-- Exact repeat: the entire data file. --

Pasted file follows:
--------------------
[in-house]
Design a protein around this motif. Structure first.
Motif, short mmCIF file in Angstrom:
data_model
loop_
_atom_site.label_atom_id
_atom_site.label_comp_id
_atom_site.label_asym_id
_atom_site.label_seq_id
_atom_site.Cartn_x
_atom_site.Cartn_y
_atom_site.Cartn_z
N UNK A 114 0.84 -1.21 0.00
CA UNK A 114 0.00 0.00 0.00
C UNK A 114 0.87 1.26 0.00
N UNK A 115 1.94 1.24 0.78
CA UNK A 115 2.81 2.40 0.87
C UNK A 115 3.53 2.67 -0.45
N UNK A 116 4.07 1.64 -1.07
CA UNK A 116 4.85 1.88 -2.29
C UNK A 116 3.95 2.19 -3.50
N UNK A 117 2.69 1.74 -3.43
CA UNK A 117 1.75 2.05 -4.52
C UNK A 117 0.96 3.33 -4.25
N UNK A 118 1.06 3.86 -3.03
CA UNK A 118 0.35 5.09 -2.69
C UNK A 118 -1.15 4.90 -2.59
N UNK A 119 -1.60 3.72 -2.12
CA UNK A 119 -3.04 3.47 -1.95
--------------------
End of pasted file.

[in-house]
Design a protein around this motif. Structure first.
Motif, short mmCIF file in Angstrom:
data_model
loop_
_atom_site.label_atom_id
_atom_site.label_comp_id
_atom_site.label_asym_id
_atom_site.label_seq_id
_atom_site.Cartn_x
_atom_site.Cartn_y
_atom_site.Cartn_z
N UNK A 114 0.84 -1.21 0.00
CA UNK A 114 0.00 0.00 0.00
C UNK A 114 0.87 1.26 0.00
N UNK A 115 1.94 1.24 0.78
CA UNK A 115 2.81 2.40 0.87
C UNK A 115 3.53 2.67 -0.45
N UNK A 116 4.07 1.64 -1.07
CA UNK A 116 4.85 1.88 -2.29
C UNK A 116 3.95 2.19 -3.50
N UNK A 117 2.69 1.74 -3.43
CA UNK A 117 1.75 2.05 -4.52
C UNK A 117 0.96 3.33 -4.25
N UNK A 118 1.06 3.86 -3.03
CA UNK A 118 0.35 5.09 -2.69
C UNK A 118 -1.15 4.90 -2.59
N UNK A 119 -1.60 3.72 -2.12
CA UNK A 119 -3.04 3.47 -1.95